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Alex Rodriguez left off AL All-Star team

Yankees designated hitter Alex Rodriguez reacts after he

Yankees designated hitter Alex Rodriguez reacts after he strikes out swinging against the Tampa Bay Rays during the third inning of a game at Yankee Stadium on Saturday, July 4, 2015. Credit: Kathleen Malone-Van Dyke

The numbers, and Joe Girardi, said Alex Rodriguez deserves to represent the American League in next Tuesday's All-Star Game. But the fans, his fellow players and AL manager Ned Yost evidently thought otherwise.

A-Rod, suspended all of last season, again will be an outsider for the Midsummer Classic, as his name was not among the list of reserves announced Monday night. Dellin Betances, making a second All-Star appearance, was the top AL reliever chosen by the players' ballot. Yost selected Mark Teixeira for his third All-Star trip.

Rodriguez also failed to make the cut for the final ballot, five players who will compete for the last roster spot with one more round of online voting. Brett Gardner was included in that final five, however, with the Red Sox's Xander Bogaerts, the Tigers' Yoenis Cespedes, the Twins' Brian Dozier and the Royals' Mike Moustakas.

"We talked a lot about Alex Rodriguez,'' Yost said during Monday's selection show on ESPN. "But we felt it was important . . . that every other position has a starter and backup.''

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Although it's true Rodriguez has no real position as a full-time designated hitter, he still could make a big impact from the batter's box. His .902 OPS ranks eighth in the AL, and the other seven at .900 or higher are going to Cincinnati. A-Rod also is the only one among the top 13 in that category who isn't an All-Star.

As Yost suggested, there are mitigating factors, which is how he explained the selection of Red Sox super-sub Brock Holt -- a manager's choice. Holt does not have a regular position but is their only All-Star (every team must be represented). Holt has a slash line of .295/.383/.424 with two homers and 21 RBIs. He has played seven positions in the first half, the only All-Star ever to do so.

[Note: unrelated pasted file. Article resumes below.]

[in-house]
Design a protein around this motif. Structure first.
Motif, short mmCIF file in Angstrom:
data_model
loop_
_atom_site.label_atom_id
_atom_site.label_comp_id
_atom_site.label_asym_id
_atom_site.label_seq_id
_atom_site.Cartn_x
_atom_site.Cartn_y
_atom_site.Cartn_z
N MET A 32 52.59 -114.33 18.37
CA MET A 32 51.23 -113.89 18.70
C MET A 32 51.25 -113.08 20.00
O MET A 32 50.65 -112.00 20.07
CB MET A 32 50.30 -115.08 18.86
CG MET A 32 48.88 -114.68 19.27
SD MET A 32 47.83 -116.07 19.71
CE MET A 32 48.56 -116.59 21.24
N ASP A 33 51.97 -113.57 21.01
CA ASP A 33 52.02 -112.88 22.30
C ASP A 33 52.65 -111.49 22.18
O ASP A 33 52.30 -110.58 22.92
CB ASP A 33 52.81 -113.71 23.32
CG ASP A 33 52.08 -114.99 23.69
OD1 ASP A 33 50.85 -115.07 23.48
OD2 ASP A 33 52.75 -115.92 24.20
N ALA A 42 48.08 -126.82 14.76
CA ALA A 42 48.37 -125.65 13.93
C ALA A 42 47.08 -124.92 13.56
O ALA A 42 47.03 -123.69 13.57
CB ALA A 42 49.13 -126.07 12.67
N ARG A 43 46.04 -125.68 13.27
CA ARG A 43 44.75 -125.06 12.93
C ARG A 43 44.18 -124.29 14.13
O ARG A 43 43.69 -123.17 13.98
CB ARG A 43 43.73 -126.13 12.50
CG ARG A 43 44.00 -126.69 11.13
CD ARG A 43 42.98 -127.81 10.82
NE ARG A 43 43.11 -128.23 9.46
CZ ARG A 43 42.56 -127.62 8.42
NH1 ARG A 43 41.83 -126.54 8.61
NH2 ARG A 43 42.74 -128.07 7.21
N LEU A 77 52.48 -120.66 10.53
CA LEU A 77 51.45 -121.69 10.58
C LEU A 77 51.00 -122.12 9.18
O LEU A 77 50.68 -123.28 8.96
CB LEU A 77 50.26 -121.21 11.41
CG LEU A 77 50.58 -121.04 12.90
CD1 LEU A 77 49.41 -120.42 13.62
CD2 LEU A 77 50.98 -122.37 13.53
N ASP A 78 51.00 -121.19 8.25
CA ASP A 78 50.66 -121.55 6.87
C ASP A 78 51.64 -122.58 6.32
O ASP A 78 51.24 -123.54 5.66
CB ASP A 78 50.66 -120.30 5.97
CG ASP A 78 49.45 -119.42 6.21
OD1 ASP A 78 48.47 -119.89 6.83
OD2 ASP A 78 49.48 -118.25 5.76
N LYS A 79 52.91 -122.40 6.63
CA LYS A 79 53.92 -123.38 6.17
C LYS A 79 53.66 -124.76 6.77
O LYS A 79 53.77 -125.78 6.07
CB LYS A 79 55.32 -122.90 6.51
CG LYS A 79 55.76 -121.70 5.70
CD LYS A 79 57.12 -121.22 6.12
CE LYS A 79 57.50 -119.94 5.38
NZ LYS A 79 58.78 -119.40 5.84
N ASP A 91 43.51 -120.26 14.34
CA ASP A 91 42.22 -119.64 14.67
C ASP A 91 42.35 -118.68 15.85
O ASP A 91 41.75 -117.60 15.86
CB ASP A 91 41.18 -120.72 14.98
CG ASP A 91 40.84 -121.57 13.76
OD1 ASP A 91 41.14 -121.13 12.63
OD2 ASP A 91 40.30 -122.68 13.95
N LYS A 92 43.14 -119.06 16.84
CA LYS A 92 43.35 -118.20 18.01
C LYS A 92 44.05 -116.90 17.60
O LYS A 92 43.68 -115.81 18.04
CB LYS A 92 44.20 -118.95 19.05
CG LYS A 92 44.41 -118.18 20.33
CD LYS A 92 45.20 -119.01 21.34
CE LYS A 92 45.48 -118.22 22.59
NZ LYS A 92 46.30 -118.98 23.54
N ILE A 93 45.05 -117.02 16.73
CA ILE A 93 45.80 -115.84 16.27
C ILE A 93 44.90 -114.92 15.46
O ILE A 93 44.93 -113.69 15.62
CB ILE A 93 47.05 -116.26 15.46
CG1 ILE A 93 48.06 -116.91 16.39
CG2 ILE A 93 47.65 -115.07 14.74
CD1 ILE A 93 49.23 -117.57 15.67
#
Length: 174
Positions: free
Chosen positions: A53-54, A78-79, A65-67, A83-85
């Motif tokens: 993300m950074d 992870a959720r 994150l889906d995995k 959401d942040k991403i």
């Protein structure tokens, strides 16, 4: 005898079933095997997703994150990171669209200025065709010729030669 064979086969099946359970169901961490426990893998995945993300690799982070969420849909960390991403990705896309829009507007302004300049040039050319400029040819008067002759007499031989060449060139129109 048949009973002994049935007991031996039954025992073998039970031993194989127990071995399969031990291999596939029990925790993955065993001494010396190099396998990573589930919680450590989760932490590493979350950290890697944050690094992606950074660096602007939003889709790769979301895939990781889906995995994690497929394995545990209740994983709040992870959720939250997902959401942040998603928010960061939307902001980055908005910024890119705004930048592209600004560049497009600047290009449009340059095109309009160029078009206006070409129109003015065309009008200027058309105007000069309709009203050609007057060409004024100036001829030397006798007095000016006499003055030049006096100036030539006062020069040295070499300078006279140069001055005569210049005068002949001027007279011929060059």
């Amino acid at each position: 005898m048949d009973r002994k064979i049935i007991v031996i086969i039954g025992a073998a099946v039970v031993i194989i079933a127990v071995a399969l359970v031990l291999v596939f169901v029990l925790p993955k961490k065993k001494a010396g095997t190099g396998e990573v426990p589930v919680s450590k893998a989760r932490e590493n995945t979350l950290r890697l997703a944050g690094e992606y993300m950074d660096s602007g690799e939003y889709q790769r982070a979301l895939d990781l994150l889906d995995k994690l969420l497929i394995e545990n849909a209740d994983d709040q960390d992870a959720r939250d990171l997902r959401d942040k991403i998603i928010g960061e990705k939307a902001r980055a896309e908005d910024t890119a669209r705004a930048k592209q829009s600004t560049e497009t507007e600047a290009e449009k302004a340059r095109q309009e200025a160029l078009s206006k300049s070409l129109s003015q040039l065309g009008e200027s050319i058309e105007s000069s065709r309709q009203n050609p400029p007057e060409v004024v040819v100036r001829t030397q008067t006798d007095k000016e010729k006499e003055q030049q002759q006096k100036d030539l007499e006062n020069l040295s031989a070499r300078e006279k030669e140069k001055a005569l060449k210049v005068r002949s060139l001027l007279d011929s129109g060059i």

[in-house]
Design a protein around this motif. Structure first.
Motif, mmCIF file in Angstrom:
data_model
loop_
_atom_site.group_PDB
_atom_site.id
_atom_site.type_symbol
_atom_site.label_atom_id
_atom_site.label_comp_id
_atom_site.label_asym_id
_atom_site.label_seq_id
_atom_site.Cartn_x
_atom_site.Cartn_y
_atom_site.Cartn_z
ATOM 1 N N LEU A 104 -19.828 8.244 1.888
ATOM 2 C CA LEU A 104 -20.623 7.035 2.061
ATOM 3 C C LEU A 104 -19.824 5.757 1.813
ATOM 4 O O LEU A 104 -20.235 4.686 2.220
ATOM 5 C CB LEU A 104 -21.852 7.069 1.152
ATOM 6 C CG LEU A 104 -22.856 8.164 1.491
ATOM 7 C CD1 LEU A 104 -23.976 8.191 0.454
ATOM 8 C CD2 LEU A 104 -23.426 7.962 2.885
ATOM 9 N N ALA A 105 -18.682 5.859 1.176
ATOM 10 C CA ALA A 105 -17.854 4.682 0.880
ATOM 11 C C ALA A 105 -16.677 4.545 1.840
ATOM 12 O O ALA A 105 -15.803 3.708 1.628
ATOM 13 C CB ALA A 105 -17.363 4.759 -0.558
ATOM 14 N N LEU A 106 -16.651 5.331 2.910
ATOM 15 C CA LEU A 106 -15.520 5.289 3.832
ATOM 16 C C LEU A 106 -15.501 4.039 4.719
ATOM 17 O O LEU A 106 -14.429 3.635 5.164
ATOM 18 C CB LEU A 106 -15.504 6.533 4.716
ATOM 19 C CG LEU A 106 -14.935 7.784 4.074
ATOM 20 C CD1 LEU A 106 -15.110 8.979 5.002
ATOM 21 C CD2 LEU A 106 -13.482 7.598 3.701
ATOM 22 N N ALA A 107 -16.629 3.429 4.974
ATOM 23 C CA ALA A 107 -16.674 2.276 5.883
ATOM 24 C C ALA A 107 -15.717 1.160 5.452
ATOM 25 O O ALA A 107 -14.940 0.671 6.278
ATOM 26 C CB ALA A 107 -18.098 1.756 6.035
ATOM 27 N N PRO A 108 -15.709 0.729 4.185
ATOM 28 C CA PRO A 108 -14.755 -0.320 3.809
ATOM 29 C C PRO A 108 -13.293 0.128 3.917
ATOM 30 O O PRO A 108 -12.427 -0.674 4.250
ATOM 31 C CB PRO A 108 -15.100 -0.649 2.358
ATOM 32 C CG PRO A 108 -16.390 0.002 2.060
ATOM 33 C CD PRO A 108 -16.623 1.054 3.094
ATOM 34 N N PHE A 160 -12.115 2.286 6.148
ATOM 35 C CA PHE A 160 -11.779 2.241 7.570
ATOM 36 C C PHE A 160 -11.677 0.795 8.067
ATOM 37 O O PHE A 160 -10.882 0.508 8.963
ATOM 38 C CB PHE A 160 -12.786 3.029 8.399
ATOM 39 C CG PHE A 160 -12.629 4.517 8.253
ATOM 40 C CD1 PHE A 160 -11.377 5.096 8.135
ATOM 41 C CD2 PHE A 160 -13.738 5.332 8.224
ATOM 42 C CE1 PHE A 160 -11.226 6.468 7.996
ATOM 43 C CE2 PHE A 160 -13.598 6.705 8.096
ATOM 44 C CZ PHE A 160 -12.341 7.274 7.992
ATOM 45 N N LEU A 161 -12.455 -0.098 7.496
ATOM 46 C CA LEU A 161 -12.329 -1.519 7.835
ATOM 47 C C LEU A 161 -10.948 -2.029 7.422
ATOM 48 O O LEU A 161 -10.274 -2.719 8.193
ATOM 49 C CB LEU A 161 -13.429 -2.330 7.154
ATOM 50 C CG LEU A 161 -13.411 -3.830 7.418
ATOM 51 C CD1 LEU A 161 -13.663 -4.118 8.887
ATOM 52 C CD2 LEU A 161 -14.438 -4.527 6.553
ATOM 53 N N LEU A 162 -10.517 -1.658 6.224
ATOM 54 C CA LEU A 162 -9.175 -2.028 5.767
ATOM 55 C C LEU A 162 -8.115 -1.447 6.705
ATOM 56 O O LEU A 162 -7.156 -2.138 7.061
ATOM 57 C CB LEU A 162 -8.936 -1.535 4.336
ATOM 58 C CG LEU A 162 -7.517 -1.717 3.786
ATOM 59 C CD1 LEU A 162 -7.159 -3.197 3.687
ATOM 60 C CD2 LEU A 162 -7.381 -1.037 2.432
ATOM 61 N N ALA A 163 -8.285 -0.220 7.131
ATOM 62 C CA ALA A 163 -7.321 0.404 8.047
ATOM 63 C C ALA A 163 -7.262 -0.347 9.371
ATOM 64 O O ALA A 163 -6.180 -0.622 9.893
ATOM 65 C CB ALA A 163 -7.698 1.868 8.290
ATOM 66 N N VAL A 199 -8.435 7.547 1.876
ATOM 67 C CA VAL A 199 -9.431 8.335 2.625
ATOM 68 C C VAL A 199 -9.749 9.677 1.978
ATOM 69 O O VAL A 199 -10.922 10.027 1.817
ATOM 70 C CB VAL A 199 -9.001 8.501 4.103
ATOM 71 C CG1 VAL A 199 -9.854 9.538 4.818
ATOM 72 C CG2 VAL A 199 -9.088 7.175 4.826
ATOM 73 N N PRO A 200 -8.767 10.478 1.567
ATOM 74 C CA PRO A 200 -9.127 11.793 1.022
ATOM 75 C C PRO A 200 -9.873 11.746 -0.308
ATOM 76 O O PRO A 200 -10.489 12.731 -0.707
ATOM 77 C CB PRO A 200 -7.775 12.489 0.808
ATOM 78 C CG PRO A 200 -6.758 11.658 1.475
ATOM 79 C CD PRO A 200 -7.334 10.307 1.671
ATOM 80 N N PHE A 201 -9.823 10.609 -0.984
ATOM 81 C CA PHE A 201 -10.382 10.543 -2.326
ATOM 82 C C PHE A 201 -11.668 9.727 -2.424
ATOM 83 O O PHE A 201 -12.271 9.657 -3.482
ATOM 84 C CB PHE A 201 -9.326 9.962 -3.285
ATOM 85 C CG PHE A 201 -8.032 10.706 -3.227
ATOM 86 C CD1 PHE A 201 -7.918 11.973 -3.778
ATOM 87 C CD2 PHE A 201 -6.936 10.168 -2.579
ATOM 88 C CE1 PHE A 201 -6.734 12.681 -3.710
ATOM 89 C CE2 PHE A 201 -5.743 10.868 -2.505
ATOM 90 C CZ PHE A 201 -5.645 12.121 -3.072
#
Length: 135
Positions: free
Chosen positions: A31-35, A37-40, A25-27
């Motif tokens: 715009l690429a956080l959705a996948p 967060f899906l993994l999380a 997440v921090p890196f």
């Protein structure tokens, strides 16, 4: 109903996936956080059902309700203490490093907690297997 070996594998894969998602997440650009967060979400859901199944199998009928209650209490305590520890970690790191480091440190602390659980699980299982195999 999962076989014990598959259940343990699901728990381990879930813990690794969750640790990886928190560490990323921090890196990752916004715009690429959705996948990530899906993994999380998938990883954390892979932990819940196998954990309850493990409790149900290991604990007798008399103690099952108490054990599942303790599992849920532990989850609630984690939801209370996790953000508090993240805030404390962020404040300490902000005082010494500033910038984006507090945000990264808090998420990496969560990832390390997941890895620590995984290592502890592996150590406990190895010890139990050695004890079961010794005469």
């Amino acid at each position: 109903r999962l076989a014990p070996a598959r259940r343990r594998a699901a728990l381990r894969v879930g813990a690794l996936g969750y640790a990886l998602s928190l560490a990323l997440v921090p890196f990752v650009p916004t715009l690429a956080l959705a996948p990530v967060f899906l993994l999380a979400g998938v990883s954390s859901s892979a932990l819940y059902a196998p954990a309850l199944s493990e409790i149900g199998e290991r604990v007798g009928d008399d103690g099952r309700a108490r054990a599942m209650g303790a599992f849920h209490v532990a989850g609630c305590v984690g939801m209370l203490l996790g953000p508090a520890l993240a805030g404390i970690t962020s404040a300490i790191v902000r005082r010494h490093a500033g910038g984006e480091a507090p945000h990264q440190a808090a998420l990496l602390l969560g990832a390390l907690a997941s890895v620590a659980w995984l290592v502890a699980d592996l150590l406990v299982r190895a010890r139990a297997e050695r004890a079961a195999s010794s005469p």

"What impressed me about Brock Holt was his versatility,'' Yost said, "and I think super-utility guys should be celebrated.''

Yost said he consulted his coaches, the team's analytics department, the players' ballot and Boston's John Farrell in trying to complete his roster. Yost valued Farrell's input because he managed the AL last year.

Left mostly unsaid was the argument against A-Rod, who has done a remarkable job repairing his PED-tarnished image. He's hitting .284 with 16 homers and 47 RBIs, and his play is one of the main reasons the Yankees are in first place.

Rodriguez also has deftly sidestepped controversy -- which he had found impossible for most of his career -- and gone about his business in a relatively distraction-free environment. He worked with the Yankees to turn a potential $6-million squabble over home run No. 660 into a $3.5-million charitable donation. The Yankees also got him the ball from hit No. 3,000 with a second donation for $150,000.

Despite their open warfare during the Biogenesis days, and after all the dropped lawsuits, the Yankees seemed to be rooting for A-Rod to make the All-Star team. And not just Girardi.

"I think it's one of the greatest comeback years any player has ever had,'' Yankees general partner Hank Steinbrenner said Monday at the Hank's Yanks Golf Classic. "So if they [select him], it would be great. He deserves it.

"But it's an amazing comeback year -- the bad hips, all the other stuff, more than a year off and his age, as well. To do what he's done is pretty amazing.''

But still not enough to be selected for the All-Star team. Every year, there are players on the bubble, only to be edged out for one reason or another. Ultimately, in A-Rod's case, people didn't have to look all that hard for those reasons.

With Laura Albanese

New York Sports